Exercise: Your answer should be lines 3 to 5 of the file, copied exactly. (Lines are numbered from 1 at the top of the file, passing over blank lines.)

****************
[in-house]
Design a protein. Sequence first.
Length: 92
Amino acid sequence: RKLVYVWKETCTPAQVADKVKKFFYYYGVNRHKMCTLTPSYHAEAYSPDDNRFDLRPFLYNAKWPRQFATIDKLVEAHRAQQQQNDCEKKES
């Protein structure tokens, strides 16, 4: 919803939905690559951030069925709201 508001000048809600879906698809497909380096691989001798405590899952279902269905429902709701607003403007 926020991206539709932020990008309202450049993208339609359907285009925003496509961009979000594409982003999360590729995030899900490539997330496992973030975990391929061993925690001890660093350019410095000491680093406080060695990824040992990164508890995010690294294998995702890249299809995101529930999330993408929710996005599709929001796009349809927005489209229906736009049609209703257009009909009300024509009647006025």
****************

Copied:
Length: 92
Amino acid sequence: RKLVYVWKETCTPAQVADKVKKFFYYYGVNRHKMCTLTPSYHAEAYSPDDNRFDLRPFLYNAKWPRQFATIDKLVEAHRAQQQQNDCEKKES
């Protein structure tokens, strides 16, 4: 919803939905690559951030069925709201 508001000048809600879906698809497909380096691989001798405590899952279902269905429902709701607003403007 926020991206539709932020990008309202450049993208339609359907285009925003496509961009979000594409982003999360590729995030899900490539997330496992973030975990391929061993925690001890660093350019410095000491680093406080060695990824040992990164508890995010690294294998995702890249299809995101529930999330993408929710996005599709929001796009349809927005489209229906736009049609209703257009009909009300024509009647006025």